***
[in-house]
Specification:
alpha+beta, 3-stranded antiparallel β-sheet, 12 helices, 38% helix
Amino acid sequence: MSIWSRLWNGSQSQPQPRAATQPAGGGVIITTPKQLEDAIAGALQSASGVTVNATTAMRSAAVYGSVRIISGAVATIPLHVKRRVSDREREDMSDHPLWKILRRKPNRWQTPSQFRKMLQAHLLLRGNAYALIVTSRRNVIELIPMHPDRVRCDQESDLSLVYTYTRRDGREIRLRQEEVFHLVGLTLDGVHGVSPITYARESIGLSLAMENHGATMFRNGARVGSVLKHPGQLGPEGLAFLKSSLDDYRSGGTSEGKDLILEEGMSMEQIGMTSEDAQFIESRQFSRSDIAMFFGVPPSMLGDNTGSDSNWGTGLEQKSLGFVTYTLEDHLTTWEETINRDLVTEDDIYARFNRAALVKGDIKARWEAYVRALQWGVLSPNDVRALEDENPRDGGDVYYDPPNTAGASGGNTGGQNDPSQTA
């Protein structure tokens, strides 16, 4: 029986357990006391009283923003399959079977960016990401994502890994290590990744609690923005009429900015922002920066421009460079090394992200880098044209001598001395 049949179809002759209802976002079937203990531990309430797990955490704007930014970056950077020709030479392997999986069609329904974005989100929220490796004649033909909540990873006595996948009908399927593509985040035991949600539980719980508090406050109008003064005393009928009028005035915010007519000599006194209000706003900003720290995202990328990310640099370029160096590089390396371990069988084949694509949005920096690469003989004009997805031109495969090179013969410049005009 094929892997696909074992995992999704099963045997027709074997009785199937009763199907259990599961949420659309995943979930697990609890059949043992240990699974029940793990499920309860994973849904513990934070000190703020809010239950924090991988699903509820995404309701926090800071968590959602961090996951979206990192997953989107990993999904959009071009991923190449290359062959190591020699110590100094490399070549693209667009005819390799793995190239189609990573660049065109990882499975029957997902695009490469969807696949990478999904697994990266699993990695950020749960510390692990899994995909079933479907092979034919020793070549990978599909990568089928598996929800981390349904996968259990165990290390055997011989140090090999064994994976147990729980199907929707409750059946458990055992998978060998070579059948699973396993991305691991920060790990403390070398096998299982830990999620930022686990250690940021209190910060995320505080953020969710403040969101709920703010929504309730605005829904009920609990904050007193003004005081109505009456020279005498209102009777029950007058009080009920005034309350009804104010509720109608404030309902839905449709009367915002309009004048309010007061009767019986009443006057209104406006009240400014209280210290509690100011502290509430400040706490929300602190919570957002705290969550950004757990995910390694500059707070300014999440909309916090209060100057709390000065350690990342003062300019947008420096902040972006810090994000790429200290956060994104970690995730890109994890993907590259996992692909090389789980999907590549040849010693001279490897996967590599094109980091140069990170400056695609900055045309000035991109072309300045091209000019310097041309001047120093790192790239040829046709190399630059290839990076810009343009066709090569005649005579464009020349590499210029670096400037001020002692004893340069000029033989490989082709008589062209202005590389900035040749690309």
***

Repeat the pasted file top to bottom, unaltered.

[in-house]
Specification:
alpha+beta, 3-stranded antiparallel β-sheet, 12 helices, 38% helix
Amino acid sequence: MSIWSRLWNGSQSQPQPRAATQPAGGGVIITTPKQLEDAIAGALQSASGVTVNATTAMRSAAVYGSVRIISGAVATIPLHVKRRVSDREREDMSDHPLWKILRRKPNRWQTPSQFRKMLQAHLLLRGNAYALIVTSRRNVIELIPMHPDRVRCDQESDLSLVYTYTRRDGREIRLRQEEVFHLVGLTLDGVHGVSPITYARESIGLSLAMENHGATMFRNGARVGSVLKHPGQLGPEGLAFLKSSLDDYRSGGTSEGKDLILEEGMSMEQIGMTSEDAQFIESRQFSRSDIAMFFGVPPSMLGDNTGSDSNWGTGLEQKSLGFVTYTLEDHLTTWEETINRDLVTEDDIYARFNRAALVKGDIKARWEAYVRALQWGVLSPNDVRALEDENPRDGGDVYYDPPNTAGASGGNTGGQNDPSQTA
């Protein structure tokens, strides 16, 4: 029986357990006391009283923003399959079977960016990401994502890994290590990744609690923005009429900015922002920066421009460079090394992200880098044209001598001395 049949179809002759209802976002079937203990531990309430797990955490704007930014970056950077020709030479392997999986069609329904974005989100929220490796004649033909909540990873006595996948009908399927593509985040035991949600539980719980508090406050109008003064005393009928009028005035915010007519000599006194209000706003900003720290995202990328990310640099370029160096590089390396371990069988084949694509949005920096690469003989004009997805031109495969090179013969410049005009 094929892997696909074992995992999704099963045997027709074997009785199937009763199907259990599961949420659309995943979930697990609890059949043992240990699974029940793990499920309860994973849904513990934070000190703020809010239950924090991988699903509820995404309701926090800071968590959602961090996951979206990192997953989107990993999904959009071009991923190449290359062959190591020699110590100094490399070549693209667009005819390799793995190239189609990573660049065109990882499975029957997902695009490469969807696949990478999904697994990266699993990695950020749960510390692990899994995909079933479907092979034919020793070549990978599909990568089928598996929800981390349904996968259990165990290390055997011989140090090999064994994976147990729980199907929707409750059946458990055992998978060998070579059948699973396993991305691991920060790990403390070398096998299982830990999620930022686990250690940021209190910060995320505080953020969710403040969101709920703010929504309730605005829904009920609990904050007193003004005081109505009456020279005498209102009777029950007058009080009920005034309350009804104010509720109608404030309902839905449709009367915002309009004048309010007061009767019986009443006057209104406006009240400014209280210290509690100011502290509430400040706490929300602190919570957002705290969550950004757990995910390694500059707070300014999440909309916090209060100057709390000065350690990342003062300019947008420096902040972006810090994000790429200290956060994104970690995730890109994890993907590259996992692909090389789980999907590549040849010693001279490897996967590599094109980091140069990170400056695609900055045309000035991109072309300045091209000019310097041309001047120093790192790239040829046709190399630059290839990076810009343009066709090569005649005579464009020349590499210029670096400037001020002692004893340069000029033989490989082709008589062209202005590389900035040749690309």